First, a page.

6 Antidotes to Worry
“I’ve had a lot of worries in my life, most of which never happened.”
― Mark Twain
Studies on worry vary in results, but most show that about 85% of the things we worry about are simply that, worry.
So why do we worry? Often, it’s a first reaction to a perceived conflict, problem or internal fear. Many feel that the amount of worrying equates with the amount of caring. Perhaps we convince ourselves that a positive outcome will be more feasible if we dwell on the problem. Give it the time and worry it deserves. It’s tough to break the worry habit if you believe that your worrying serves a positive purpose. Once you realize that worrying is the problem, not the solution, you can regain control of your worried mind.
Worrying is like praying for the worst outcome.
Worry gives power to the problem, not the solution. It’s also not good for our brains. The hormones that flood the brain during any episode of worry have been linked to a damaging loss of brain mass and other unwanted physical consequences. Other studies have shown that people with the highest levels of the hormone cortisol (known as the stress hormone) suffered the most memory loss and damage to some parts of the brain. The part of the brain that escalates fear, the amygdala, causes a cortisol spike to occur as you sink deeper into worry. Worry begets worry, creating a vicious cycle that only escalates as we give in to the habit.
I have a mantra that I repeat frequently, “I could choose peace instead of this.”
Solutions are more apt to arise naturally out of a peaceful state. The question is, how do you get into that peaceful state? Below are 6 options.
1.Challenge your worries: Is it true? Do you have evidence that what your worried about will most likely happen? Where would you be without that worry? What would you say to a friend that had this worry?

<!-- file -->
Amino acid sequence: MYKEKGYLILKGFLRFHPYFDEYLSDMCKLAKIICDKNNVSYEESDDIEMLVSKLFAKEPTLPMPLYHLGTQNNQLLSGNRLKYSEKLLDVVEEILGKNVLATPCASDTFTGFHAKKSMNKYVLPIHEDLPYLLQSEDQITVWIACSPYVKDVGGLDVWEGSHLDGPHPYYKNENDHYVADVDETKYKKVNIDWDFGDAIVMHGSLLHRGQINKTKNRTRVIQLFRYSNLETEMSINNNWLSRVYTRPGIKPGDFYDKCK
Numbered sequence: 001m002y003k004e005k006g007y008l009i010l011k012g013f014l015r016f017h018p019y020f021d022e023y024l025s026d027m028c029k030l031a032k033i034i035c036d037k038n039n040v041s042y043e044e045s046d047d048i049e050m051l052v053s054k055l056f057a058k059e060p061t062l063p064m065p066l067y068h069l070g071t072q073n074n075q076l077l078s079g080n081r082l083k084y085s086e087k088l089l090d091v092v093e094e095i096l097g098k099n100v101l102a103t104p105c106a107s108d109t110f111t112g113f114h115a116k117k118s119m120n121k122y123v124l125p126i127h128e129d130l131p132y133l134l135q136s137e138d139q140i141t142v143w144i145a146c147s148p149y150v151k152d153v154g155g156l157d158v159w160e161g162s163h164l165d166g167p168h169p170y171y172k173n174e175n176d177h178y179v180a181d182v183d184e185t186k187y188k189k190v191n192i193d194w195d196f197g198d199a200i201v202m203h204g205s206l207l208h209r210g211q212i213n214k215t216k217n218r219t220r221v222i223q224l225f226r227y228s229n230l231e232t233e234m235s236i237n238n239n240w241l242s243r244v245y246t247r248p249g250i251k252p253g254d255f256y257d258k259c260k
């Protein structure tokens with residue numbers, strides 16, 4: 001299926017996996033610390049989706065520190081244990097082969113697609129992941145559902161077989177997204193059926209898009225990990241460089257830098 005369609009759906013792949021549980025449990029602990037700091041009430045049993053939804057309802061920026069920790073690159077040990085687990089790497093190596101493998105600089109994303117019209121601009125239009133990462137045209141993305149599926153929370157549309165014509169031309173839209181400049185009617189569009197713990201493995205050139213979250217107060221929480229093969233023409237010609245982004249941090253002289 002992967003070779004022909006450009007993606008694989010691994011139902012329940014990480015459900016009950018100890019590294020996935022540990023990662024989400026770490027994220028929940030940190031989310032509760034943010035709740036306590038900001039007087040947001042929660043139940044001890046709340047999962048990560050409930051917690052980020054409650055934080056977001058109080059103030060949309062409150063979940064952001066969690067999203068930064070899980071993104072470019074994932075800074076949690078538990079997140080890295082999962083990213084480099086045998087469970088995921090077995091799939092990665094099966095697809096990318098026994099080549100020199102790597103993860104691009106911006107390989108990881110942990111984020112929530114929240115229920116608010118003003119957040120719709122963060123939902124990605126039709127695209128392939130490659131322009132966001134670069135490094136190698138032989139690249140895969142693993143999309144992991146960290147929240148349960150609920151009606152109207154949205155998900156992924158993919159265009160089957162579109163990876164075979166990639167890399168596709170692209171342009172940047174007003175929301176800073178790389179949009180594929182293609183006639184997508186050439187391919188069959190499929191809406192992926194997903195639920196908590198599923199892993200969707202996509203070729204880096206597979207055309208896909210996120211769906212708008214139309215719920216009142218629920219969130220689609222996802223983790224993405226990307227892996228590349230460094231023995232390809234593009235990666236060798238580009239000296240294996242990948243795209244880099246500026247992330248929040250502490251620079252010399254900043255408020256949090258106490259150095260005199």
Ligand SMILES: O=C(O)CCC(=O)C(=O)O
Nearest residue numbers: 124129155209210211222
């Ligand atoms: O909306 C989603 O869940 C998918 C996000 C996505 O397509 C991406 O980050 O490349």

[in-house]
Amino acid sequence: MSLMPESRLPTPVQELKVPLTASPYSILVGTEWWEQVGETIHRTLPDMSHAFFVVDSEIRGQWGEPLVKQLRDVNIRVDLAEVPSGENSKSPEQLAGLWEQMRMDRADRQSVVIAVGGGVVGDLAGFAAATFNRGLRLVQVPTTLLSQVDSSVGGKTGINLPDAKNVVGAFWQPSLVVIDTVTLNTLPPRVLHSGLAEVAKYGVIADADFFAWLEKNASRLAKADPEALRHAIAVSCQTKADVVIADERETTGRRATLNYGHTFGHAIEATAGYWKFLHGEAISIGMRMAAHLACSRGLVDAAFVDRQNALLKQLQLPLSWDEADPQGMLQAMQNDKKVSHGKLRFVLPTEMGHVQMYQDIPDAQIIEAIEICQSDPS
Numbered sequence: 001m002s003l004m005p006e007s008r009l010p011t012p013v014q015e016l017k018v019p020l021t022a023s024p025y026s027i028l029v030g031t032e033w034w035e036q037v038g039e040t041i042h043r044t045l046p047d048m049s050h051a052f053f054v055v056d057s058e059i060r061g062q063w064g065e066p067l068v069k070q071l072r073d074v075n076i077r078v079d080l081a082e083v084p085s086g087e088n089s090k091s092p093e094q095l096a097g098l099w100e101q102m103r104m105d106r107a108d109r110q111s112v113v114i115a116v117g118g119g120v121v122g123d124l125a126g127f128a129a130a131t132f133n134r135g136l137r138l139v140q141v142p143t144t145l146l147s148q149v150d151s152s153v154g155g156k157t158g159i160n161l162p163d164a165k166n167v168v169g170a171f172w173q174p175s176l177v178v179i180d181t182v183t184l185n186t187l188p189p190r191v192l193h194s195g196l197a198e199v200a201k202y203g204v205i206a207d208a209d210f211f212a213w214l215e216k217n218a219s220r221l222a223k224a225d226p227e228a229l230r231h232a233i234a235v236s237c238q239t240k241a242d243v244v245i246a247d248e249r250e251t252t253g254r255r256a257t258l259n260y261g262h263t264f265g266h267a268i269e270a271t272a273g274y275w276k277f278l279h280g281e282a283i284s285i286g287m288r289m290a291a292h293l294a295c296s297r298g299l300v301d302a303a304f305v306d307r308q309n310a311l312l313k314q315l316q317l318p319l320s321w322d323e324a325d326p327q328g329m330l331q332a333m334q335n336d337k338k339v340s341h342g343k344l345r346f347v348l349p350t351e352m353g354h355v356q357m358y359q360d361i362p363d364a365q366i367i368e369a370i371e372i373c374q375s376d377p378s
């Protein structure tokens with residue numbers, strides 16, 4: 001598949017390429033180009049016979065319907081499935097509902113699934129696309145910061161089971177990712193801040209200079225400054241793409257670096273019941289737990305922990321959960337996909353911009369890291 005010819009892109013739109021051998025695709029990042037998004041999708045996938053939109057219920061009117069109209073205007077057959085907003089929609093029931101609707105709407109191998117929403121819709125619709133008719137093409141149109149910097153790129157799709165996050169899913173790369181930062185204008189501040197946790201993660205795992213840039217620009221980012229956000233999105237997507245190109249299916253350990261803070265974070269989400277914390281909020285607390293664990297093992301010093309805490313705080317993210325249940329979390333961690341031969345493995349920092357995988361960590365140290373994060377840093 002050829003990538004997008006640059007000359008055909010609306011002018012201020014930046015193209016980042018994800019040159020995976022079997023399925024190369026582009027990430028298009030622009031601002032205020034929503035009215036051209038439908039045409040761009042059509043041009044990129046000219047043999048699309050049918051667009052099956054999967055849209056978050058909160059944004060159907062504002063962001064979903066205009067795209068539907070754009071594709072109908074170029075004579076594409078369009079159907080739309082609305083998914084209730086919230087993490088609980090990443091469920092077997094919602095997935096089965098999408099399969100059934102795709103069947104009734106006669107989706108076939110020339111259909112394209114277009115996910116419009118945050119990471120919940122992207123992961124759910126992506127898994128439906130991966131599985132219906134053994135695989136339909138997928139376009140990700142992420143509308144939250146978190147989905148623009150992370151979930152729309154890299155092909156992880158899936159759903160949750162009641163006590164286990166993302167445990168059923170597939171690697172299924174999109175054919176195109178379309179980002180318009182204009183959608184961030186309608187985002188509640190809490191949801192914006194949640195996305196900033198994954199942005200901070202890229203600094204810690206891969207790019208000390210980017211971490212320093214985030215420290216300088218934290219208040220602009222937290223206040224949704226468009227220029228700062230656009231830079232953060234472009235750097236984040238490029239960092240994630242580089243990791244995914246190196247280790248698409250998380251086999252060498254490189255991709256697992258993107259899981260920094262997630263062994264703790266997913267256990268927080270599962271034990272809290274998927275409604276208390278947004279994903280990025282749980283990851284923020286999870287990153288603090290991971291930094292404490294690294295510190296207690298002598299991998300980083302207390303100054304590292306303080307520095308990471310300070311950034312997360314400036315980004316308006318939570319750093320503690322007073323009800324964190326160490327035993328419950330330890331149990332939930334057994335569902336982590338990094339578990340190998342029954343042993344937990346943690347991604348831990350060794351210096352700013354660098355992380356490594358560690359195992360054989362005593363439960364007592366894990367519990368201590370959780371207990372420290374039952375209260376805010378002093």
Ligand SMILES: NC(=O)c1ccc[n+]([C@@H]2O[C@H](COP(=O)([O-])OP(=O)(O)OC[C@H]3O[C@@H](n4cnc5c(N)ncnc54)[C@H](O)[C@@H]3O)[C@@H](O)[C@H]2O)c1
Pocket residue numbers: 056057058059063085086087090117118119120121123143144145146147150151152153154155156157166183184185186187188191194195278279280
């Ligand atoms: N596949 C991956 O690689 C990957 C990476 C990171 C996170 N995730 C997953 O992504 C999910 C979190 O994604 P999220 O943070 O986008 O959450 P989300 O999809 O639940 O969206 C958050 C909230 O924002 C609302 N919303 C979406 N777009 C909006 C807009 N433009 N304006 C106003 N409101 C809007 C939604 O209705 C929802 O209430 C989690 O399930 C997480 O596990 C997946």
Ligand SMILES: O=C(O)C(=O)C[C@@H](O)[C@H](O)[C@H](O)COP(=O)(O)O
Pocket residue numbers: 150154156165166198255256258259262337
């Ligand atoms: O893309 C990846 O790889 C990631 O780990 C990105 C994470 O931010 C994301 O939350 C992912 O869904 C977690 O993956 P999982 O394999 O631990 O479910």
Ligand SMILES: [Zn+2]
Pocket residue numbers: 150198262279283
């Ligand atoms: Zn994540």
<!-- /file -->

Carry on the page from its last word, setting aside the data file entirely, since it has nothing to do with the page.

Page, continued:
2.Imagine: It does not help to envision the worst outcome, in fact, what does help is to envision the best outcome. Use your imagination to create the ideal solution to whatever is worrying you.
3.Journal: Write down a brief description of your worry. As time go by, you’ll have evidence that the majority of your worries never materialize. Typically, even the worst-case scenario isn’t as overwhelming as we make it out to be in our minds. There are often numerous potential outcomes, some of which may be good, or at least neutral. Worriers have a habit of seeing only the negative possibilities. Retrain your brain to create new neural pathways that are solution oriented rather than reinforcing the negative feedback loop.
4.Breathe: Worry and deep breathing don’t co-exist well. During moments of increased stress, we tend to take very shallow breaths. Deep breathing immediately calms the body and mind.
5.Change your state: Distract yourself- clean a closet, look up a new recipe, take a walk, move! Get your mind to stop spiraling down the rabbit hole.
6.Practice Presence: This is where the mindfulness aspect of presence has helped me. Practice patience, trust, acceptance, and letting go. In my Practicing Presence and Mindfulness workshops I teach these attributes and relate them to the countless everyday worries that we bump into every day.
In organizations everywhere, there is an undercurrent of collective worry. To explore a workshop geared to reframe these worries contact me.